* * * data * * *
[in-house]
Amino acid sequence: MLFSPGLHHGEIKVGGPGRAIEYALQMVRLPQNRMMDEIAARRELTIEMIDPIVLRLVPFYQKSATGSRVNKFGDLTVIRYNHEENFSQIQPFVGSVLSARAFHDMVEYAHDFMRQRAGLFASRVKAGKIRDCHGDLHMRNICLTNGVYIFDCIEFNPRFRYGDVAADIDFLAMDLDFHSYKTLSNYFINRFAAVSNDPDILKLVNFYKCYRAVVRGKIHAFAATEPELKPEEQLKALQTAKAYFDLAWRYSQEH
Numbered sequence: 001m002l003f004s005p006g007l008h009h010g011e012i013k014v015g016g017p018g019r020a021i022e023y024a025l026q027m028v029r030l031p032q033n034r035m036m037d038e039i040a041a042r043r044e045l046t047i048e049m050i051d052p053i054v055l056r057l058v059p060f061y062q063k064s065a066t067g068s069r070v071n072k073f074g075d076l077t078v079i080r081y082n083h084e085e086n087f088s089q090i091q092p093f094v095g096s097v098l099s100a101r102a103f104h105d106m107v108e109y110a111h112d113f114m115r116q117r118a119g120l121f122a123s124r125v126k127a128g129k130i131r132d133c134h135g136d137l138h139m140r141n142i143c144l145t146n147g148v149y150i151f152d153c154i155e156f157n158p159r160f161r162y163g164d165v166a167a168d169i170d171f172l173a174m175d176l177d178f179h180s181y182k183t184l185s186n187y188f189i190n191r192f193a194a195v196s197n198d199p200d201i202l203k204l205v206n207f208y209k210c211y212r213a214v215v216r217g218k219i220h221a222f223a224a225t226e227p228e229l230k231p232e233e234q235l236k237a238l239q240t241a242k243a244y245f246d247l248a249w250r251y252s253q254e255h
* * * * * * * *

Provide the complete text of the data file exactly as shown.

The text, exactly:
[in-house]
Amino acid sequence: MLFSPGLHHGEIKVGGPGRAIEYALQMVRLPQNRMMDEIAARRELTIEMIDPIVLRLVPFYQKSATGSRVNKFGDLTVIRYNHEENFSQIQPFVGSVLSARAFHDMVEYAHDFMRQRAGLFASRVKAGKIRDCHGDLHMRNICLTNGVYIFDCIEFNPRFRYGDVAADIDFLAMDLDFHSYKTLSNYFINRFAAVSNDPDILKLVNFYKCYRAVVRGKIHAFAATEPELKPEEQLKALQTAKAYFDLAWRYSQEH
Numbered sequence: 001m002l003f004s005p006g007l008h009h010g011e012i013k014v015g016g017p018g019r020a021i022e023y024a025l026q027m028v029r030l031p032q033n034r035m036m037d038e039i040a041a042r043r044e045l046t047i048e049m050i051d052p053i054v055l056r057l058v059p060f061y062q063k064s065a066t067g068s069r070v071n072k073f074g075d076l077t078v079i080r081y082n083h084e085e086n087f088s089q090i091q092p093f094v095g096s097v098l099s100a101r102a103f104h105d106m107v108e109y110a111h112d113f114m115r116q117r118a119g120l121f122a123s124r125v126k127a128g129k130i131r132d133c134h135g136d137l138h139m140r141n142i143c144l145t146n147g148v149y150i151f152d153c154i155e156f157n158p159r160f161r162y163g164d165v166a167a168d169i170d171f172l173a174m175d176l177d178f179h180s181y182k183t184l185s186n187y188f189i190n191r192f193a194a195v196s197n198d199p200d201i202l203k204l205v206n207f208y209k210c211y212r213a214v215v216r217g218k219i220h221a222f223a224a225t226e227p228e229l230k231p232e233e234q235l236k237a238l239q240t241a242k243a244y245f246d247l248a249w250r251y252s253q254e255h